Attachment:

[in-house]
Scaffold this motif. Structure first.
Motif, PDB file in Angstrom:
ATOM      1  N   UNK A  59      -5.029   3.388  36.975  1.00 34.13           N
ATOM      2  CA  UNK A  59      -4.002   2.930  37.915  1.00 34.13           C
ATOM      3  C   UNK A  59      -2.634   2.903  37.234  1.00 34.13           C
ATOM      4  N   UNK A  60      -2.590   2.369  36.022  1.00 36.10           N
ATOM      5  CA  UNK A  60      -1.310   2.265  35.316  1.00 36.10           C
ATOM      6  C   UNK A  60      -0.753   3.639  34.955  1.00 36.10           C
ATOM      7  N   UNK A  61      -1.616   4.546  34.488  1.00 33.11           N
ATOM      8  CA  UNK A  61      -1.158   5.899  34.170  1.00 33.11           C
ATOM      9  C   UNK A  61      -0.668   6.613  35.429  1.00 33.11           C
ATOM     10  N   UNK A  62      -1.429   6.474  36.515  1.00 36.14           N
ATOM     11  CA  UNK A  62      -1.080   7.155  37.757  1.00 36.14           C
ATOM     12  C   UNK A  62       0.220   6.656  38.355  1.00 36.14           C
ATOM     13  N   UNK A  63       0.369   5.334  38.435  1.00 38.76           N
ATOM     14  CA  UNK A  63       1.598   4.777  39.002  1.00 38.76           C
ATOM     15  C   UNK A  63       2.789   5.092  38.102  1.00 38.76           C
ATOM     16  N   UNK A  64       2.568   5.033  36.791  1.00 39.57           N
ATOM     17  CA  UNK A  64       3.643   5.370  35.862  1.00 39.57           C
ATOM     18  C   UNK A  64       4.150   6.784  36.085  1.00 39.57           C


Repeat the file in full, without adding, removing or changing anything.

[in-house]
Scaffold this motif. Structure first.
Motif, PDB file in Angstrom:
ATOM      1  N   UNK A  59      -5.029   3.388  36.975  1.00 34.13           N
ATOM      2  CA  UNK A  59      -4.002   2.930  37.915  1.00 34.13           C
ATOM      3  C   UNK A  59      -2.634   2.903  37.234  1.00 34.13           C
ATOM      4  N   UNK A  60      -2.590   2.369  36.022  1.00 36.10           N
ATOM      5  CA  UNK A  60      -1.310   2.265  35.316  1.00 36.10           C
ATOM      6  C   UNK A  60      -0.753   3.639  34.955  1.00 36.10           C
ATOM      7  N   UNK A  61      -1.616   4.546  34.488  1.00 33.11           N
ATOM      8  CA  UNK A  61      -1.158   5.899  34.170  1.00 33.11           C
ATOM      9  C   UNK A  61      -0.668   6.613  35.429  1.00 33.11           C
ATOM     10  N   UNK A  62      -1.429   6.474  36.515  1.00 36.14           N
ATOM     11  CA  UNK A  62      -1.080   7.155  37.757  1.00 36.14           C
ATOM     12  C   UNK A  62       0.220   6.656  38.355  1.00 36.14           C
ATOM     13  N   UNK A  63       0.369   5.334  38.435  1.00 38.76           N
ATOM     14  CA  UNK A  63       1.598   4.777  39.002  1.00 38.76           C
ATOM     15  C   UNK A  63       2.789   5.092  38.102  1.00 38.76           C
ATOM     16  N   UNK A  64       2.568   5.033  36.791  1.00 39.57           N
ATOM     17  CA  UNK A  64       3.643   5.370  35.862  1.00 39.57           C
ATOM     18  C   UNK A  64       4.150   6.784  36.085  1.00 39.57           C